By

Baby, it’s cold outside.


Cheap, easy and eco-friendly ways to keep your home warm for the rest of winter.

Winter is (meant to be) almost at an end but based on recent weather you would be forgiven for sticking out your tongue and chanting “liar, liar pants on fire”. It’s too late to install insulation, thermostats and solar panels to keep us warm for the rest of the season (and who can afford that right now anyway?), so we’ve created a list of cheap, easy and eco-friendly ways to keep your home warm until summer shows it’s happy, shiny face.

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1. Keep yourself warm first. This might be an obvious point but that doesn’t make it any less important. Keeping yourself warm with layers of clothing is the easiest, cheapest and most natural way to prevent exposure to the cold and to retain body heat. Most of that body heat is lost through the head, hands and feet so channel your inner hipster, roll out the beanie, some gloves and warm, woolly socks. A hot water bottle (if you’re staying home) will help to regulate your core body temperature, giving you almost instant warmth. Cuddling is always good too, and the hairier your cuddle companion the better, so we recommend a Collie, Alsation or even an affectionate Labrador.

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2. Thick curtains are great for insulating a room. Not only do they minimise the amount of cool air coming in from a window (air gets trapped behind the curtain), they also prevent the escape of the heated air inside the room. Curtains with a thermal layer are ideal but if you can’t get your hands on those, grab some heavy linen from the local fabric shop, they’re a great liner too (plus they’re super cheap). Aim to use thick curtains (the thicker the better) and choose from the floor-to-ceiling variety. Keep the curtains open during the day so that your home can be flooded with lovely, warm sunlight and draw them at night to retain the heat from the day.

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3. Keep the doors of unused rooms closed. There’s no point trying to make a room warm if you’re going to leave the doors open for the heat to escape anyway. If you and your family spend your evenings in one specific room (we won’t judge you if it’s the TV room), then keep the door shut and focus on keeping only that room warm. This is more difficult in open plan homes which are designed for a free air flow. If you’re using a heater (we recommend gas, as it’s much more effective), try placing it in a corner close to where you’ll be so that the heat will remain in that corner.

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4. Stop the draught. There’s little worse than that cold, noisy breeze that comes through the window on a windy day. If you live in an exceptionally cold area or you know your home is prone to little draughts that destroy your attempts at keeping the home warm, make sure you seal all the gaps. Use a door snake or rolled up towel at the bottom of a door, put scrunched up newspaper in door keyholes and use rubber inserts or self-adhesive tape for windows that don’t close properly.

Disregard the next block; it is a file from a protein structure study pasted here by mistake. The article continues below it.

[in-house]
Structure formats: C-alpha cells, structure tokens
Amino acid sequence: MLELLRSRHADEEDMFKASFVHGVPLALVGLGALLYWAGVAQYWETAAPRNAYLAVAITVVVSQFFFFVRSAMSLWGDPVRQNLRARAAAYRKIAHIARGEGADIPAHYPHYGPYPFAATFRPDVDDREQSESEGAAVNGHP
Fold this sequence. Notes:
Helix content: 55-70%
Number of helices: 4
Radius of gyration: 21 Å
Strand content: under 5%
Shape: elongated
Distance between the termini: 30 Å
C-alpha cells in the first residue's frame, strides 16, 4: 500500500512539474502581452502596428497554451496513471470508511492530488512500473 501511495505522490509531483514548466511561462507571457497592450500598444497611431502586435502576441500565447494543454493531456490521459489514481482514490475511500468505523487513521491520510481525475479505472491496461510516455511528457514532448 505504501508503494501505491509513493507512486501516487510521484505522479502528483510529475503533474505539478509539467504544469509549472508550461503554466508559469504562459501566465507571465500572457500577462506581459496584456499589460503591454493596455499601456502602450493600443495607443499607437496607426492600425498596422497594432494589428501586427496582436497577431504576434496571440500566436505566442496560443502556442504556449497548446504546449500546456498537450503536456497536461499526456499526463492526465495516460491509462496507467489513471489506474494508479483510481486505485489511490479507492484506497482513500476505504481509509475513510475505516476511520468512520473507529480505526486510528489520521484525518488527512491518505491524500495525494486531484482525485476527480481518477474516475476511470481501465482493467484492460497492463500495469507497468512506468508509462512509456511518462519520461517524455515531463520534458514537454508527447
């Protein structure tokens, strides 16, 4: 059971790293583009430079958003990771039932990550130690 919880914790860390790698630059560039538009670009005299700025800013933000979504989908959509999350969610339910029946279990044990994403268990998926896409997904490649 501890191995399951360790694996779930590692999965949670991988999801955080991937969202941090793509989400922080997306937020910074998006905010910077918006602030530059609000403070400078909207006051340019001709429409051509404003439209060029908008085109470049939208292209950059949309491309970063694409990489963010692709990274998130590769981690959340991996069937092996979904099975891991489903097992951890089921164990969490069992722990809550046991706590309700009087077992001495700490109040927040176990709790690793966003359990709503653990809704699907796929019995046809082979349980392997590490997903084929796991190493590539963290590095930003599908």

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5. Warm the floor. It is said that about 10% of heat in your home disappears through the floor. Underfloor heating is great but it costs a small fortune and it uses a lot of electricity. The solution? Carpets. Bring out the old rug and cover as much floor space as you can. Together with your thick curtains, you’re bound to retain a good amount of heat from the daily sunshine that filters through the windows. What’s more, a carpet can add extra oomph to a dreary room so not only will you have more heat, you’ll also create a fresh new look.

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6. Candles. Although they’re a major fire risk, the flame from candles can generate a lot of heat. Choose a hazard-free area to place a few candles and light them up for the evening. They’re an easy way to create warmth without electricity, they can be cheap and they create a lovely, romantic atmosphere.

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7. Get cooking. Using the oven isn’t the best idea if you’re trying to cut down on electricity costs but hear me out: Not only will the physical act of cooking warm you up (especially if you like to cook and dance at the same time), you’ll also get warmth from eating the meal you’ve cooked and you can use the heat from the oven to warm the kitchen up further by leaving the oven door open (after you’ve cooked dinner, obviously). Smart, right?

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And if you’re still not warm enough, we recommend piling on every layer you can and leaping into bed with your secret hot chocolate (made from the recipe you found on BigCityLife, naturally).

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Mignon van Zyl
About me

Journalist, hiker and design enthusiast with a mild form of OCD and a love for storytelling. After completing my degree at Rhodes University, I moved to White River to work for a lifestyle magazine called Lowveld Living. Thanks to my job, I’ve visited some of the most glamorous game lodges and homes, met wonderfully weird but inspiring artists, fed and kissed a tame hippo, hiked the ‘sentinel of the Lowveld’ and realised my devotion to nature. Most happy when I’m writing, walking or road tripping.

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